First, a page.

A group of children in Lubumbashi, Democratic Republic of Congo. The country is committed to fostering inclusive growth, including the provision of free basic education (photo:Alphorom/iStockphoto)

A group of children in Lubumbashi, Democratic Republic of Congo. The country is committed to fostering inclusive growth, including the provision of free basic education (photo:Alphorom/iStockphoto)

Five Takeaways from Democratic Republic of the Congo's IMF Program

December 23, 2019

The Democratic Republic of the Congo’s fragile economy faces many long-standing challenges and remains highly vulnerable to shocks. To help the country strengthen its economy, the IMF has just approved a loan under its Rapid Credit Facility (RCF) combined with a Staff-Monitored Program until May 2020.

The IMF’s loan valued at about $368 million supports the government’s efforts to restore economic stability and improvements in governance and transparency. Here are five key points about the new IMF operation in support of the Democratic Republic of Congo.

Fast Facts

  • Real GDP (2019 projected): 4.3%
  • Per capita income: $470
  • Population): 97.879 million
  • Date of Membership: : September 28, 1963
  • Challenges: The Democratic Republic of the Congo (DRC) is a fragile, low-income country with poor governance. The country has been affected by a recent decline in commodity prices, the worst Ebola outbreak in its history, and a sharp fall in international reserves (to the equivalent of about only one week of imports). These developments have taken place against a background of new spending initiatives and looser expenditure oversight during the recent political transition. The RCF loan, together with domestic efforts to discontinue central bank financing of the government, should pave the way to rebuild international reserves to help absorb external shocks.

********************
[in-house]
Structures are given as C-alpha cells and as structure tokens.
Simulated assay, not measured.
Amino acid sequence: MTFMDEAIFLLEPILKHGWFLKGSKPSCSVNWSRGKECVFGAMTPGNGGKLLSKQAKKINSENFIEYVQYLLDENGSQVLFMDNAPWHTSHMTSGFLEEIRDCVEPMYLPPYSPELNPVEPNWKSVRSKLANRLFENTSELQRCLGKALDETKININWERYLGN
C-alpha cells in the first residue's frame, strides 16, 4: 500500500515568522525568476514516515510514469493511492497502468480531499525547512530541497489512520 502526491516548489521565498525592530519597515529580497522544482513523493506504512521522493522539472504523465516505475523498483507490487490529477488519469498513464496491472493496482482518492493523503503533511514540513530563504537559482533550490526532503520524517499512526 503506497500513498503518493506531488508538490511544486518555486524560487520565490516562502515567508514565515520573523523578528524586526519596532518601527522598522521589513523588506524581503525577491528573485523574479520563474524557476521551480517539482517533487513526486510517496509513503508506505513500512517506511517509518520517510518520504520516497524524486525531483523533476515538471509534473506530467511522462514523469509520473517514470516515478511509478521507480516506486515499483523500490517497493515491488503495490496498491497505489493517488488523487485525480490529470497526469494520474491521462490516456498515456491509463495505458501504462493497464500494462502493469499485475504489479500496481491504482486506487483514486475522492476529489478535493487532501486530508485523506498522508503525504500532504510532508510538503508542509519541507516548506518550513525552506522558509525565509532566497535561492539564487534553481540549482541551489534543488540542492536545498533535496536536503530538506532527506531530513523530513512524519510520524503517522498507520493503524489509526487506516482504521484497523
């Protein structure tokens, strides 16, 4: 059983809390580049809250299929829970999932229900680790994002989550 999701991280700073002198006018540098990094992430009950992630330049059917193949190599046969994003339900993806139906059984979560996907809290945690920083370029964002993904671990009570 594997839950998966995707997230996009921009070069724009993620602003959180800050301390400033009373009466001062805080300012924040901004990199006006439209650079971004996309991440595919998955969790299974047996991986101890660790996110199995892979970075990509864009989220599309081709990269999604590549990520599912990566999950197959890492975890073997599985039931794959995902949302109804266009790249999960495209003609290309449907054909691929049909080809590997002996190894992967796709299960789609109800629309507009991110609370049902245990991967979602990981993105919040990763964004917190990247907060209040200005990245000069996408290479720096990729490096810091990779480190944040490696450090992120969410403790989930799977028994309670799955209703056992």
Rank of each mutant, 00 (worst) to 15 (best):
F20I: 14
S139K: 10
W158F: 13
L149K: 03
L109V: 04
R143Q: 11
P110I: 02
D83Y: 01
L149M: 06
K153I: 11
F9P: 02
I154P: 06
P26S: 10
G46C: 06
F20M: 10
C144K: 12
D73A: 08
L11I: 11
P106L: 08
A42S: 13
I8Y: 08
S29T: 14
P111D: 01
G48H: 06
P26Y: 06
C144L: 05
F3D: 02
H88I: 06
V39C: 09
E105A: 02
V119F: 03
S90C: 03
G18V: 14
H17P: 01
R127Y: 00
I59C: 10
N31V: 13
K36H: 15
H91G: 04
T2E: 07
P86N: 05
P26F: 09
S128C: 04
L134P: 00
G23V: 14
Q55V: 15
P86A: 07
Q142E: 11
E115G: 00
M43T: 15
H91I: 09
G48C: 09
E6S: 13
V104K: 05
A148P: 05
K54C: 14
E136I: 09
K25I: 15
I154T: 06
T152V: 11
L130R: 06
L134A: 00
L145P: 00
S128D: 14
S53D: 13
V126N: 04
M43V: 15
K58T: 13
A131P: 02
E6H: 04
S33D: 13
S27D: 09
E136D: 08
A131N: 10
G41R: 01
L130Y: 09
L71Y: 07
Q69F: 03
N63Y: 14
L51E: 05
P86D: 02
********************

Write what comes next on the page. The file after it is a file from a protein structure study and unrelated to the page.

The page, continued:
• Engagement: The IMF’s approval of the RCF is part of more active engagement between the DRC and the IMF after the recent peaceful political transition. The previous IMF financial arrangement with the DRC ended in 2012 and the economic assessment for the country was concluded in August 2019 after a three-year delay.

    An additional step in those reinvigorated relations may take place in the second half of 2020, with a possible second loan to the DRC under the Extended Credit Facility (ECF). This, in turn, should help catalyze budget support from other development partners like the World Bank and the African Development Bank. The World Bank is also currently finalizing a
    $1 billion three-year operation to support an initiative to introduce free basic education into the country.

  • Policies:The RCF is accompanied by a Staff-Monitored Program (SMP) until May 2020 that is based on strong ownership from the authorities and important policy commitments. Besides rebuilding international reserves, policies under the  programs aim to restore fiscal discipline by (i) strengthening domestic revenue collection; (ii) limiting spending to available resources—including for new initiatives like the free basic education—through mandatory spending caps; and (iii) ending the central bank financing of the deficit and relying on the issuance of treasury bills to manage short-term liquidity needs. Monetary and exchange rate policies will aim to keep inflation low and maintain adequate international reserve buffers. Financial sector stability will be strengthened through continued improvement of the central bank’s banking supervision capacity.
  • Governance: The DRC must keep up efforts to improve governance, increase transparency, and fight corruption, especially in the extractive sector. All new mining contracts should be published, as well as audits of state-owned enterprises. The authorities are committed to improving the business climate and fostering inclusive growth. President Félix Tshisekedi’s 100-day program, with its strong emphasis on building infrastructure, especially roads, and the free basic education initiative should help achieve the latter goal.
  • Next steps: The SMP should give the country enough time to design a deeper structural reform program—aimed at delivering economic gains to a broader segment of the population and tackle deep-rooted social needs—that would be eventually supported by the second IMF loan. The recommendations from an ongoing governance assessment and upcoming safeguard assessment missions, as well as from a Public Expenditure and Financial Accountability exercise, led by the World Bank, should inform the authorities’ medium-term economic and structural reform plans.